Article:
118 universities and colleges were allowed to hold limited face-to-face classes, according to CHED.
On Friday, the Commission on Higher Education (CHED) announced that 118 universities and colleges nationwide have been allowed to hold limited face-to-face classes.
During the awarding of Certificate of Authority to reopen limited face-to-face classes in Mindoro Occidental, CHED Chairman Prospero De Vera III said in a virtual press conference that there were 118 higher education institutions (HEIs) that have been allowed to hold limited face-to-face in “medical and allied health sciences”.
According to De Vera, in July 2020, he discussed with the Inter-Agency Task Force (IATF) the need to allow higher education institutions that offered medicine and allied health science to hold limited face-to-face classes. It was last January when President Rodrigo Duterte approved the said proposal.
De Vera also said that the starting points of the higher education institutions may differ and the offering of limited face-to-face may depend on the readiness of the higher education institutions.
Nationwide, De Vera said that at least 13,000 students taking up selected allied health-related degree programs such as Nursing, Medicine, Medical Technology/Medical Laboratory Science, Midwifery, Physical Therapy, and Public Health were allowed to attend limited face-to-face classes.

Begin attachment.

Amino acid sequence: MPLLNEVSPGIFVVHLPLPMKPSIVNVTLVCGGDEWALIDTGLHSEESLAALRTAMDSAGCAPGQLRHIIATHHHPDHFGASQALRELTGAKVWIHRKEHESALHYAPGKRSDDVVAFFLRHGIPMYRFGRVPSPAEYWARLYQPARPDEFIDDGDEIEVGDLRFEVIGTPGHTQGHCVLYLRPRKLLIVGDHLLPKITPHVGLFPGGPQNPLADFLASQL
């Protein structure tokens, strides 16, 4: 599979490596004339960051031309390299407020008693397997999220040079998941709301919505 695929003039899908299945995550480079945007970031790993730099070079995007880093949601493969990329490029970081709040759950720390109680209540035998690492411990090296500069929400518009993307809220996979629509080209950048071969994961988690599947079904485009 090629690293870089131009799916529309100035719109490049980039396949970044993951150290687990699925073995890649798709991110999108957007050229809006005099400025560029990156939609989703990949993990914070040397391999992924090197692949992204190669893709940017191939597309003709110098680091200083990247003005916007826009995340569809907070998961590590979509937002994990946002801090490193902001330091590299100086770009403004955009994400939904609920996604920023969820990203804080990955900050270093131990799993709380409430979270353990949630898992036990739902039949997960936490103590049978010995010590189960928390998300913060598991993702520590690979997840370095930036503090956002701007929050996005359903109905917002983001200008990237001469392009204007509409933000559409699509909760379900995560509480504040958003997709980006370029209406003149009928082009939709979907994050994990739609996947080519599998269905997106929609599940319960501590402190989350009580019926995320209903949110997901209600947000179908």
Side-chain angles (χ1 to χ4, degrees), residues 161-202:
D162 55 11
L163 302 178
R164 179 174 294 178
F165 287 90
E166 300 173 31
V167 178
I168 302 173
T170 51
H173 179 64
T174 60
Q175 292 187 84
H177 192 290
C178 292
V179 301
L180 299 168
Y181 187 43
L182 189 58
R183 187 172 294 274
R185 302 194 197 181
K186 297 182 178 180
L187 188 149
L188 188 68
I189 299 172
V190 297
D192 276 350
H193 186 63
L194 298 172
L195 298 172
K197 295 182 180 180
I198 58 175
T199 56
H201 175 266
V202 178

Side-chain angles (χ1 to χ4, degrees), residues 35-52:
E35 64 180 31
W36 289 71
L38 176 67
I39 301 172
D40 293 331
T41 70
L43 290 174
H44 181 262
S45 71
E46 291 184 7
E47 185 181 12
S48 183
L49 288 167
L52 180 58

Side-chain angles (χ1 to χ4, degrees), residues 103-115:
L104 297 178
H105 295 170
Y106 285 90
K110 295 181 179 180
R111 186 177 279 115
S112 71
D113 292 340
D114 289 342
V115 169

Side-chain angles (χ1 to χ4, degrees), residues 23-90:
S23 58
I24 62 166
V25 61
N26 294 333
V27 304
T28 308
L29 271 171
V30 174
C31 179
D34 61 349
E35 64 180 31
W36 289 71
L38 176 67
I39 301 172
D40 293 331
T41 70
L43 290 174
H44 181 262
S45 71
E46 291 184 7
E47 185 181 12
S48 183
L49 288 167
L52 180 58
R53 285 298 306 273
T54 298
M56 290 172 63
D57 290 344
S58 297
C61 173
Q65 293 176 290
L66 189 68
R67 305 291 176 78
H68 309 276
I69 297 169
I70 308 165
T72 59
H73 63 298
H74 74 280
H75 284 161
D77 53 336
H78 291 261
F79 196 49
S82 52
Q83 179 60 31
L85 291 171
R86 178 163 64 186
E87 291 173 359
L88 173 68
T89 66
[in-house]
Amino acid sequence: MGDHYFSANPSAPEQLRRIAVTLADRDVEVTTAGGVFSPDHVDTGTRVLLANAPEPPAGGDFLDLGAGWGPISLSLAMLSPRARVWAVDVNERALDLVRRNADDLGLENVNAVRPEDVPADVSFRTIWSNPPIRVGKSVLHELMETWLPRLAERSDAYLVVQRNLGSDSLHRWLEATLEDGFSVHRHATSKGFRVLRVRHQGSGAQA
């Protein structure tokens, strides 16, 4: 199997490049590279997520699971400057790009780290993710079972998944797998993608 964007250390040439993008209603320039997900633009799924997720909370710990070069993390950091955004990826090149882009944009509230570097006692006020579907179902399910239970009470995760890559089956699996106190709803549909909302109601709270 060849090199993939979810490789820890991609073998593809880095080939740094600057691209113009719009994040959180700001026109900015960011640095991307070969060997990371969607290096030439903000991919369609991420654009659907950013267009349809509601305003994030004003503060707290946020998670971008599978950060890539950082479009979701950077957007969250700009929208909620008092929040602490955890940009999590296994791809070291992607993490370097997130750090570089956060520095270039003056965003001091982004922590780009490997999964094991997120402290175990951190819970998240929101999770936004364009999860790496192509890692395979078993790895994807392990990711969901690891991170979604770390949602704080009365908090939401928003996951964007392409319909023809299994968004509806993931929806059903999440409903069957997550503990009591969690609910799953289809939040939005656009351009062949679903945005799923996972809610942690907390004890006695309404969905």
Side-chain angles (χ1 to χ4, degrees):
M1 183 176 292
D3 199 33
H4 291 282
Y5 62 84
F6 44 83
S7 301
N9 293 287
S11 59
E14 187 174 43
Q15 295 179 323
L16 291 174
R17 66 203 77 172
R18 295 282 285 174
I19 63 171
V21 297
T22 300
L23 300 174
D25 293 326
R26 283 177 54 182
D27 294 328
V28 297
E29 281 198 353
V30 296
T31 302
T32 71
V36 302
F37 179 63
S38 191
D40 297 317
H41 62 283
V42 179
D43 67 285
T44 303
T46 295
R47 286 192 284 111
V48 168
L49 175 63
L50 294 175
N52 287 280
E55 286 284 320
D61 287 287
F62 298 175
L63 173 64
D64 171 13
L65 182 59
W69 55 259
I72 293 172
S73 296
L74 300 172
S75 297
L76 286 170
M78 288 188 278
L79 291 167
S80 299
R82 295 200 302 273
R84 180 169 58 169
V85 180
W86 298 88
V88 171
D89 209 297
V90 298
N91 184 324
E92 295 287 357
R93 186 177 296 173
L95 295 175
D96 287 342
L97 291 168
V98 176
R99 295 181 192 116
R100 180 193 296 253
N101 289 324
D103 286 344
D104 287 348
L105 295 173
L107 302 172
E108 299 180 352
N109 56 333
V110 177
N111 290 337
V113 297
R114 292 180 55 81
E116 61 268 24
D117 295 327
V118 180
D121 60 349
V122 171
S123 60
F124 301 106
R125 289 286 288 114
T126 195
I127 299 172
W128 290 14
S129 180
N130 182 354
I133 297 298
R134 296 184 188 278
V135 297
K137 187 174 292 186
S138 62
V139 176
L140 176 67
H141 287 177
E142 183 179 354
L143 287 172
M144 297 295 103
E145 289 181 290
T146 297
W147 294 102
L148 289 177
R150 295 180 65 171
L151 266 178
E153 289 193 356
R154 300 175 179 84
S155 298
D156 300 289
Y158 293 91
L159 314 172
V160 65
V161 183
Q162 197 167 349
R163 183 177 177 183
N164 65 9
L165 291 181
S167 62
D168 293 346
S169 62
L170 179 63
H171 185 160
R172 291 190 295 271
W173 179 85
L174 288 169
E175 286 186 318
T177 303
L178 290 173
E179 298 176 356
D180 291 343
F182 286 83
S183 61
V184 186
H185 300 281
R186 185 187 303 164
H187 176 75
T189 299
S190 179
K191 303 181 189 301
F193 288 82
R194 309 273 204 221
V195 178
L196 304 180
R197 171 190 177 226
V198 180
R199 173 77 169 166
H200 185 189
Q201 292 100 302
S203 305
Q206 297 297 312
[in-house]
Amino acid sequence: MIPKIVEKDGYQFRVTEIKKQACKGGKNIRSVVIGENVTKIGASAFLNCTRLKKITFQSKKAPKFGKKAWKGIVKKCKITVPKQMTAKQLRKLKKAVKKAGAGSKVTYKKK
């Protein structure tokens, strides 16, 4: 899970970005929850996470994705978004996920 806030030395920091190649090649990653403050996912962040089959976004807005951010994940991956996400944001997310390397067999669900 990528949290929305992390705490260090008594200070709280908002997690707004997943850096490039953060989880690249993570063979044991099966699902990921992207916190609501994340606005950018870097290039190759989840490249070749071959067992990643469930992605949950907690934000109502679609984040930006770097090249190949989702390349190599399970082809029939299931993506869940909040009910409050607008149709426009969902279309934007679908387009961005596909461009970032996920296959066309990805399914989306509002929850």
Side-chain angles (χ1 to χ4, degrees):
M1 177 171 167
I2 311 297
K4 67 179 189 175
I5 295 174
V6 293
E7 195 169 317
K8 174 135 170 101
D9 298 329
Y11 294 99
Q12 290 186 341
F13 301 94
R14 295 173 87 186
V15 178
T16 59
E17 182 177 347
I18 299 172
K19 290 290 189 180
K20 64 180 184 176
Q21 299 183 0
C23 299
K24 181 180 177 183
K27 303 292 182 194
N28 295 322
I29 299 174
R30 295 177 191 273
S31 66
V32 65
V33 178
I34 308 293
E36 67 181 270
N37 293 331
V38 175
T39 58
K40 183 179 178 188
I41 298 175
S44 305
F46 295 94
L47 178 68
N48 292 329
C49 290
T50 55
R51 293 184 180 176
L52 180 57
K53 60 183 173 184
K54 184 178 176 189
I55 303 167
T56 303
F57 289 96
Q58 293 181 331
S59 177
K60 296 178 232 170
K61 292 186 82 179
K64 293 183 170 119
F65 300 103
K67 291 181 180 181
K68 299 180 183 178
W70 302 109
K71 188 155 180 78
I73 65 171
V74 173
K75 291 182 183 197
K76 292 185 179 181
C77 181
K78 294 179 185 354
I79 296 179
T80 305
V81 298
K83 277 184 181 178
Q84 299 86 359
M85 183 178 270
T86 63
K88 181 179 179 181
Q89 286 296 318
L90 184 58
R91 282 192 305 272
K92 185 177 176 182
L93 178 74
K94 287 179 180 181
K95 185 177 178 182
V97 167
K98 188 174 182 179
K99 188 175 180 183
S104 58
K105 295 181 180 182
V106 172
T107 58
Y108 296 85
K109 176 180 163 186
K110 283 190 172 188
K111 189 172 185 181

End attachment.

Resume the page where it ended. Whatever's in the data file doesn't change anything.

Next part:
In addition, De Vera said that the Commission on Higher Education really pushed for medicine and allied health sciences to belong to the “first batch” of students who can attend limited face-to-face classes in the country.
He also noted that there were two major reasons behind: allow students to achieve key learning outcomes on specialized laboratory courses and hospital-based clinical clerkship/practicum/internship and to provide “back-up” or additional manpower to hospitals.
Meanwhile, De Vera explained that higher education institutions have to apply first before they’re allowed to hold limited face-to-face classes.
“They have to retrofit their facilities to ensure the safety of the students and faculty,” De Vera said in a mix of English and Filipino.
Moreover, De Vera said that there were more than 400 applications received by the Commission.